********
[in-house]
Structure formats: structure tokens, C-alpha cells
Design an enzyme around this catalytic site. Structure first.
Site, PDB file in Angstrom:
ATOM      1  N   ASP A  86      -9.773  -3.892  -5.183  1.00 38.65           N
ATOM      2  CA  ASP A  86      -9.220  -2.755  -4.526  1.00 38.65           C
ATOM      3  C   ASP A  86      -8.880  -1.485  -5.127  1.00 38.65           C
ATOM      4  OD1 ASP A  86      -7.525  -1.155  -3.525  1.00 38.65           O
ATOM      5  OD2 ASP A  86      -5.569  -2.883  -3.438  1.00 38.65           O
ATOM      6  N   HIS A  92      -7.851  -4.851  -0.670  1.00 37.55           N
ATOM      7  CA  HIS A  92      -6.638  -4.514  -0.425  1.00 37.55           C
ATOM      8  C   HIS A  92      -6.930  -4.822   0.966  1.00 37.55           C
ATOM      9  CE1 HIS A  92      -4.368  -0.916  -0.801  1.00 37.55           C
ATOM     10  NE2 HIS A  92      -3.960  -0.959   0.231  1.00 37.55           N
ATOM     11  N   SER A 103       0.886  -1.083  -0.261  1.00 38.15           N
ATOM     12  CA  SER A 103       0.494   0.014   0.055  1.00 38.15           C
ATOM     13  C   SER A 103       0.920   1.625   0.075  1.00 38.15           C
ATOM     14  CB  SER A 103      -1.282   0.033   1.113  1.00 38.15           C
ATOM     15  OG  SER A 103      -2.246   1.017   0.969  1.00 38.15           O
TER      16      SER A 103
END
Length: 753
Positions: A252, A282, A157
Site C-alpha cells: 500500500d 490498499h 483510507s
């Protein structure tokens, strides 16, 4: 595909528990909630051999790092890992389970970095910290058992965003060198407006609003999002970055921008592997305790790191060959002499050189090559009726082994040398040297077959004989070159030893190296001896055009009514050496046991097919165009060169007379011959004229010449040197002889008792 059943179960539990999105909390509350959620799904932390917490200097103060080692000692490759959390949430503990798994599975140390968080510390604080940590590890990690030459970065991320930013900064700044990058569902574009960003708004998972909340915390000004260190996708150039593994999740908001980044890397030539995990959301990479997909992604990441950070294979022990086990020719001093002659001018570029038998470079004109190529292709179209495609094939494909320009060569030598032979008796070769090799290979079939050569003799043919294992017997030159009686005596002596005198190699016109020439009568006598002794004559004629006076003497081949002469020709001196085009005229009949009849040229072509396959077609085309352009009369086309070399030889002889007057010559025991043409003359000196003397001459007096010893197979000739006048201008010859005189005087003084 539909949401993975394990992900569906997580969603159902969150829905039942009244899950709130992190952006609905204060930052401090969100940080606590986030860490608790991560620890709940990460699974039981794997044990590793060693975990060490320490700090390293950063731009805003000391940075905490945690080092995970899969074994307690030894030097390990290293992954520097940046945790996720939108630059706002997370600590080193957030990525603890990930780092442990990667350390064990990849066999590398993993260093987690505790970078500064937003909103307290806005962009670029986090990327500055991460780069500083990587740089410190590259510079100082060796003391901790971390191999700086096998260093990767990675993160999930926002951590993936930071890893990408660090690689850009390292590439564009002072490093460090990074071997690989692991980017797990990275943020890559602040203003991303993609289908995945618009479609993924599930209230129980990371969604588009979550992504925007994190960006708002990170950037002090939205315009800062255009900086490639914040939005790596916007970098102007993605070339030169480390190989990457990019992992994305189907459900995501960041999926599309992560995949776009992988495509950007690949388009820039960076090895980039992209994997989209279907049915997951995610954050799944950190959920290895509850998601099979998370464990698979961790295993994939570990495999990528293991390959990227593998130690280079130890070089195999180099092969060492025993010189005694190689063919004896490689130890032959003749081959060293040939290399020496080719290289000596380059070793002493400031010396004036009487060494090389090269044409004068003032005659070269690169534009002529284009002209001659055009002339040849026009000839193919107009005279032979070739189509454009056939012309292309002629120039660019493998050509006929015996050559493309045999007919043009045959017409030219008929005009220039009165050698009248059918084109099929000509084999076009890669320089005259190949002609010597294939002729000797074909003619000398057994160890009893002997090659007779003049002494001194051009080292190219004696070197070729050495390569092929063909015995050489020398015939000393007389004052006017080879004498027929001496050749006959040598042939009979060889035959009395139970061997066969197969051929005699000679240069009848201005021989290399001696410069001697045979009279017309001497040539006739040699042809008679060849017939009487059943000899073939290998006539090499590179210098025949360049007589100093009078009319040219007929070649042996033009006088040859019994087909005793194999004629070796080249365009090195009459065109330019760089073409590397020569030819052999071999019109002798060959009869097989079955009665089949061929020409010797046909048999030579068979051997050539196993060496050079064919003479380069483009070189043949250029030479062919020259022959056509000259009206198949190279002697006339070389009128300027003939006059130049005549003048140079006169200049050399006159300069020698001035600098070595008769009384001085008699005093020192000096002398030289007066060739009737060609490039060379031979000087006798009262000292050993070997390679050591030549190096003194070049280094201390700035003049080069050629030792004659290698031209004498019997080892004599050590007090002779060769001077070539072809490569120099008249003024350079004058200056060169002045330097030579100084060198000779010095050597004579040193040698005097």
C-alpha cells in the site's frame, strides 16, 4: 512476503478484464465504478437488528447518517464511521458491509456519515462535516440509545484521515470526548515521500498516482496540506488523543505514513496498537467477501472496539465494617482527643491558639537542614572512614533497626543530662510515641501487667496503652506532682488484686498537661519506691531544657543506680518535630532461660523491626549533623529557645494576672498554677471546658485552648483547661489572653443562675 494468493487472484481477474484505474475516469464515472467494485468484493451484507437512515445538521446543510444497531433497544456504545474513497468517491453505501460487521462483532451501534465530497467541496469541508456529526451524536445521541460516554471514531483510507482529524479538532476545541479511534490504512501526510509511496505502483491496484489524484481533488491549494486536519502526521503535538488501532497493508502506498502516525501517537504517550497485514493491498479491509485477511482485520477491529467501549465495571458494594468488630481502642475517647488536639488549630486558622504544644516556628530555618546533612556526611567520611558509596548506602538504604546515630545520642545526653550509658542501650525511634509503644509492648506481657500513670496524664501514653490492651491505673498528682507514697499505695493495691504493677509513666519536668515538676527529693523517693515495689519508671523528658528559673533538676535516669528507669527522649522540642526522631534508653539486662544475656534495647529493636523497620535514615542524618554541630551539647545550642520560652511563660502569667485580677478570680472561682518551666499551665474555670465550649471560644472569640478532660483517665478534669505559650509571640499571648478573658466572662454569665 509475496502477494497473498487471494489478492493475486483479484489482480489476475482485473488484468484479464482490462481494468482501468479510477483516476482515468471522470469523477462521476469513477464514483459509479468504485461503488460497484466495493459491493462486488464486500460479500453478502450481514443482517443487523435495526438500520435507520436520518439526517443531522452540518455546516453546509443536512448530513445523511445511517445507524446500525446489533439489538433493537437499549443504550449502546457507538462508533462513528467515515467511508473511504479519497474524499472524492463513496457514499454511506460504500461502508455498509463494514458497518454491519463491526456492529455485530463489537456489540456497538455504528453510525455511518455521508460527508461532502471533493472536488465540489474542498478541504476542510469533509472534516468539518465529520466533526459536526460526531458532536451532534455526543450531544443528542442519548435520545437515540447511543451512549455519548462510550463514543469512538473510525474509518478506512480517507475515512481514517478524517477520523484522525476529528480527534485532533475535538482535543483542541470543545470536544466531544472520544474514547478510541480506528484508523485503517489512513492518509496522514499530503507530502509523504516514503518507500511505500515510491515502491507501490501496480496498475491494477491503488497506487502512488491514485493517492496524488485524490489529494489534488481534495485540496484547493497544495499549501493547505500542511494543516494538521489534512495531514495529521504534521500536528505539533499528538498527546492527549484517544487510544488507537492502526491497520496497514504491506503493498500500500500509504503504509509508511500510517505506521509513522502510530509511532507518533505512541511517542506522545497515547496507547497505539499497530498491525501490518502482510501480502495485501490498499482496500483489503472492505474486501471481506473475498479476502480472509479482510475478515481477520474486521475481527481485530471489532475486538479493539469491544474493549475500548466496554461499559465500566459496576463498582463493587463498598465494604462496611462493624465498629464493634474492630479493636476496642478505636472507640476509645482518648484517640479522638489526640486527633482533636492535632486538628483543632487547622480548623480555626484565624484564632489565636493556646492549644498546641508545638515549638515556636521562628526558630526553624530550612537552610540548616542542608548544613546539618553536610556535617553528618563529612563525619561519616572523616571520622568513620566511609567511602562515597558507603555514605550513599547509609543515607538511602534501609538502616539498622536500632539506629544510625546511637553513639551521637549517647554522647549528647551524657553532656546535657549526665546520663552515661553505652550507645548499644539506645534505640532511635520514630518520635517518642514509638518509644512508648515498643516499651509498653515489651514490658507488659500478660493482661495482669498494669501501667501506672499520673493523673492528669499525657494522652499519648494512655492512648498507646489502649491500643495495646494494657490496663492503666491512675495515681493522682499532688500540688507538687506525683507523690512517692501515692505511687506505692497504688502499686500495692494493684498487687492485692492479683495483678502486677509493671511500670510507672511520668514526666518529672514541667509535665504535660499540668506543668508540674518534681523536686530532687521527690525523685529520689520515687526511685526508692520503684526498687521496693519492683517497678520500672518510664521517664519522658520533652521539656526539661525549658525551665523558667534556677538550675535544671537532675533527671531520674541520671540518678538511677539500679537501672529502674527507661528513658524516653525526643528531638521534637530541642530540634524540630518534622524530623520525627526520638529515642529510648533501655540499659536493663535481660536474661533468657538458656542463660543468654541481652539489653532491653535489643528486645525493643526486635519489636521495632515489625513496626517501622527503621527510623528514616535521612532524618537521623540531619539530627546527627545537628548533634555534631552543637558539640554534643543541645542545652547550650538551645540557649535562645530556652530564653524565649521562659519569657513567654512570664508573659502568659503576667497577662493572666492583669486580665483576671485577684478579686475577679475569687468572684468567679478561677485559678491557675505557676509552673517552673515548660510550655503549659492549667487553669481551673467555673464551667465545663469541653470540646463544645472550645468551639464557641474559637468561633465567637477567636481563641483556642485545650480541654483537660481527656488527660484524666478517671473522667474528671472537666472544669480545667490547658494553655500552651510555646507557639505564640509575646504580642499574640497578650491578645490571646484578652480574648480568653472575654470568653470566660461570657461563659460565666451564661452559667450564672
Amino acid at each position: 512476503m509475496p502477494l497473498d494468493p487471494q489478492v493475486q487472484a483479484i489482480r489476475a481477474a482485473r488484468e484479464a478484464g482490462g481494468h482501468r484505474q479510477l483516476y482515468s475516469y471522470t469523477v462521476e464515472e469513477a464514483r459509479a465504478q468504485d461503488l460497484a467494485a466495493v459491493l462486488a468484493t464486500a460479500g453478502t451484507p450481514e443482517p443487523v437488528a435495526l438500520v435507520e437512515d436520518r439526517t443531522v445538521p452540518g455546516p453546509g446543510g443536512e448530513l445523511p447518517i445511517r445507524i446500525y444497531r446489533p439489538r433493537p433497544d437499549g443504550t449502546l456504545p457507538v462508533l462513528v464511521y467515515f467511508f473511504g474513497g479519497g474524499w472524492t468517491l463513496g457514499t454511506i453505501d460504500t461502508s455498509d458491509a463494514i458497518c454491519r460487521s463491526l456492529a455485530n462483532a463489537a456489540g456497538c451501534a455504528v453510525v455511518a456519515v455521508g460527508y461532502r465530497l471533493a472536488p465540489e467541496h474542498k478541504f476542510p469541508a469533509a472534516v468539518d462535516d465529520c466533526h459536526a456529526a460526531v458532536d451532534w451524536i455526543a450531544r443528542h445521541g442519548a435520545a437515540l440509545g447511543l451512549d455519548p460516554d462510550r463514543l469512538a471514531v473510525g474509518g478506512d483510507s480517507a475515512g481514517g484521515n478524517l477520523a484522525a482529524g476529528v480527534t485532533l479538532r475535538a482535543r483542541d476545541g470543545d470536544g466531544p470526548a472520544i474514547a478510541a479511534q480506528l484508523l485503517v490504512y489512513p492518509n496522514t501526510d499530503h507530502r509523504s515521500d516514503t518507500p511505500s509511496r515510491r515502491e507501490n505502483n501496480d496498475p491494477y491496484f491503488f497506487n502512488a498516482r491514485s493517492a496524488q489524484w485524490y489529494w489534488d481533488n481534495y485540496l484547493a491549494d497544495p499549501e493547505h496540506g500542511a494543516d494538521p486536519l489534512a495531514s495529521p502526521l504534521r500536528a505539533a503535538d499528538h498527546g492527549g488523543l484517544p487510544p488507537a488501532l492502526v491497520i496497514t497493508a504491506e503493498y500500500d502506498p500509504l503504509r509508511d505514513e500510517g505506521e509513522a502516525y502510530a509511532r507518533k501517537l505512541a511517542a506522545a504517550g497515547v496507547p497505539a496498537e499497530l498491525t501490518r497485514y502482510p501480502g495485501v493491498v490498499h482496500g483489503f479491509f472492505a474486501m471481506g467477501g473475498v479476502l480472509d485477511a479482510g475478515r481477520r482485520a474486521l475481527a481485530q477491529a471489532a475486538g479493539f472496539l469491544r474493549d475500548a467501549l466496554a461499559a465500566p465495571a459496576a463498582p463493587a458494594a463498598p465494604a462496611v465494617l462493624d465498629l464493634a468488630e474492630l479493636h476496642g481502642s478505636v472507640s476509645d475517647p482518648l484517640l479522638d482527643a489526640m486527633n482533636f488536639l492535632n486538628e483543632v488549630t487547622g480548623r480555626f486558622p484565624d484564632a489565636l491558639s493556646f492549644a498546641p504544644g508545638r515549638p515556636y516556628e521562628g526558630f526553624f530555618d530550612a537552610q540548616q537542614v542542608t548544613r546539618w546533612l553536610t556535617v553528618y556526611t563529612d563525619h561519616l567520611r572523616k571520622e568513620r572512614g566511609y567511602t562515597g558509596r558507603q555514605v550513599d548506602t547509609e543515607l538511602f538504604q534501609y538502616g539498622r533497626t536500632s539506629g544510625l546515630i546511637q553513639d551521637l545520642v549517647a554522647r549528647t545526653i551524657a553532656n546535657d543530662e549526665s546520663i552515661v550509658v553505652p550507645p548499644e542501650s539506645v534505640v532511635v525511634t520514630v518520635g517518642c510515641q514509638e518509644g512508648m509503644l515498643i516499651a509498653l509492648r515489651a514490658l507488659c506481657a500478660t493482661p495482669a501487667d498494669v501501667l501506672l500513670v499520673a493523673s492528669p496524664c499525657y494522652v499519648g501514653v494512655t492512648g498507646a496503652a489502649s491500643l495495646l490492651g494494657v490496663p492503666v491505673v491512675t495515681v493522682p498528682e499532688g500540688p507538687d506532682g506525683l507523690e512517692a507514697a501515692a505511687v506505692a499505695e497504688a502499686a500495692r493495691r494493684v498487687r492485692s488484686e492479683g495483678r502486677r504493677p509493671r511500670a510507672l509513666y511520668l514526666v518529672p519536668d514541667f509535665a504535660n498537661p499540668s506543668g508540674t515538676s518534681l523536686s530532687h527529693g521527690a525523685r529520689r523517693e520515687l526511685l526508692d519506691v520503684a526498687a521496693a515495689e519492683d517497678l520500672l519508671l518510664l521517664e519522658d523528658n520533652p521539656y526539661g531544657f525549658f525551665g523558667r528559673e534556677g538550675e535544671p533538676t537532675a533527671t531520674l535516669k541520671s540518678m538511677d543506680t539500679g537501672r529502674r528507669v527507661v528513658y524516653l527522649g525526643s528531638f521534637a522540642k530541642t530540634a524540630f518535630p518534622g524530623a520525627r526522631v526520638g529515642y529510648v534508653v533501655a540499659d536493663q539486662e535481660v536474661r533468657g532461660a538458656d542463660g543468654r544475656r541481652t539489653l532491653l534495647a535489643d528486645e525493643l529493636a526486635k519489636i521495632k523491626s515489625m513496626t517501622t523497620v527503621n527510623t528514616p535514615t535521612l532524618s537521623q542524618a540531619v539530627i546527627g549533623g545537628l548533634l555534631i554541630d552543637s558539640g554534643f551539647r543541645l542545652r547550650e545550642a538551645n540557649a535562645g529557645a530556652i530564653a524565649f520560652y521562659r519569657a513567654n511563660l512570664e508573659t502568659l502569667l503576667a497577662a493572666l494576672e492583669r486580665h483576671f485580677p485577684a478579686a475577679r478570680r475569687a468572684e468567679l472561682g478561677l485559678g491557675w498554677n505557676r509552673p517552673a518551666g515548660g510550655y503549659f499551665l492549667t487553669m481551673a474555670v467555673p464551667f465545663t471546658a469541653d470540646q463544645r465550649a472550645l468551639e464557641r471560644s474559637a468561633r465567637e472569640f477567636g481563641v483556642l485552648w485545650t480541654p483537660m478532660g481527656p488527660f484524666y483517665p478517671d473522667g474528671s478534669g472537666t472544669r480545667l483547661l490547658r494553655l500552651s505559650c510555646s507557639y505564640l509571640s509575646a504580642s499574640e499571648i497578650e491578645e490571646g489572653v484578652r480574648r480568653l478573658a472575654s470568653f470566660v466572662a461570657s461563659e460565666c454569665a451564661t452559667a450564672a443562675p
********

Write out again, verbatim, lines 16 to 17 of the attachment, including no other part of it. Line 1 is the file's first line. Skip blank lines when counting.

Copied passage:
ATOM     12  CA  SER A 103       0.494   0.014   0.055  1.00 38.15           C
ATOM     13  C   SER A 103       0.920   1.625   0.075  1.00 38.15           C